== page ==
Q I rebounded with a guy in the office after being dumped by the love of my life and now he won't accept that he was just temporary and it's all over.
He regularly leaves a red rose on my desk and emails me love poems, and he also brings me a hot chocolate drink every afternoon and follows me to the coffee area and tells me stupid jokes. He hasn't changed his relationship status online -- even though we broke up weeks ago.
I lost it with him and called him a pest and he started to cry really loudly and people came over to see what was wrong. He's going around the office acting broken-hearted. What's a girl to do?
A It certainly sounds as if you have unfortunately landed yourself with a rather needy individual who refuses to accept that he doesn't have a future with you. While I'm sorry to hear that you have lost the love of your life and rebound relationships are a fairly normal next step to help ease the pain, it's never fair on the other person.
He probably didn't realise that you only viewed him as a temporary distraction and he's finding it difficult to accept that you're just not interested. However, his public crying at work and determination to woo you back are a little extreme.
I strongly advise that you arrange to meet him privately and be totally honest with him. Explain that he was a rebound fling and that you're terribly sorry for leading him on. Just make sure he knows that he'll never get you back, then you both need to move on.
Q A good friend of mine has left me really upset by attacking me when I told her to stop playing the victim and to instead be grateful for the wonderful things she has in her life. She gives out constantly about the people she feels are letting her down and how life is always throwing problems her way. Her life isn't that bad at all, she just moans non-stop about it.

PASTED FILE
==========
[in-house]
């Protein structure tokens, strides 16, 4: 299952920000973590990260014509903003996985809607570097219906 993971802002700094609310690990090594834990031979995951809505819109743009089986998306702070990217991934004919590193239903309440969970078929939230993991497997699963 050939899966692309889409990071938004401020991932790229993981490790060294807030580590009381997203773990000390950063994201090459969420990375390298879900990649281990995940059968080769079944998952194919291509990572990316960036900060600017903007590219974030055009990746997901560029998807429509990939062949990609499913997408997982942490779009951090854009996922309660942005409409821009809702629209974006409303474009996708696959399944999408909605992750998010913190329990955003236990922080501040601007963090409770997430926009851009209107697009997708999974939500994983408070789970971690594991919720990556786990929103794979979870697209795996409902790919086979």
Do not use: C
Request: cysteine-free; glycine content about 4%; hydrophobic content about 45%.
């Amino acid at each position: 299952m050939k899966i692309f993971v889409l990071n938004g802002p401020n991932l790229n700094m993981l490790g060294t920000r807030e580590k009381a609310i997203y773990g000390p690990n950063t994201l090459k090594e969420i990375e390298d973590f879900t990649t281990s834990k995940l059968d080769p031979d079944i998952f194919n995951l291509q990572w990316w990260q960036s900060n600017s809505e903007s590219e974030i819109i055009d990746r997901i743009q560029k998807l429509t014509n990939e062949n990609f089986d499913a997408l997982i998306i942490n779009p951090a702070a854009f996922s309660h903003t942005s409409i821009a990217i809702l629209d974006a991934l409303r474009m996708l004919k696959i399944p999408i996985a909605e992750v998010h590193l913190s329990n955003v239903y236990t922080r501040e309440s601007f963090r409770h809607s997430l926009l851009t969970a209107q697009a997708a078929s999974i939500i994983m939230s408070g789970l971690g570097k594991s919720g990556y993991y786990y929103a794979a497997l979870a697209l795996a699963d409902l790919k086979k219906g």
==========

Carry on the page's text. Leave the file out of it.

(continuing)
She turned on me and told me I would be better employed sorting out my own life as I was a loser rather than commenting on how she runs hers. Granted, I haven't had much luck in recent years, but I don't think I deserved that. Why was she so mean do you think? Is this old friendship worth salvaging, seeing as how she hasn't even rung up to apologise?
A Your friend is obviously going through a tough time at the moment, and is choosing to focus on her bad luck rather than her good fortune. I agree with you for pointing out that her life is not all that bad, because sometimes an outside perspective is a great way of looking at all the positive things in your life.
Nobody appreciates somebody who moans all the time, and sometimes they need to be told. A negative attitude will never bring positivity and happiness.
I don't think she was right to snap at you and she is obviously being stubborn by refusing to apologise. Contact her again in a few weeks and meet up. Clear the air -- you both need to be grown-up about it.
Q My fiance's office Christmas party is coming up and it's a bring-a-partner affair. He has put me on a diet. He has told me to 'downsize the belly' and wants to come shopping with me when I choose something to wear.
Should I just humour him or tell him to grow up?
A I think it's inappropriate of him to push you into losing weight and changing your image. However, if he is also acting out of concern for you, then I would have to agree with him.
Either way, I would advise you to firmly let him know that you will lose a bit of weight and look after your health because you want to and not because he wants you to.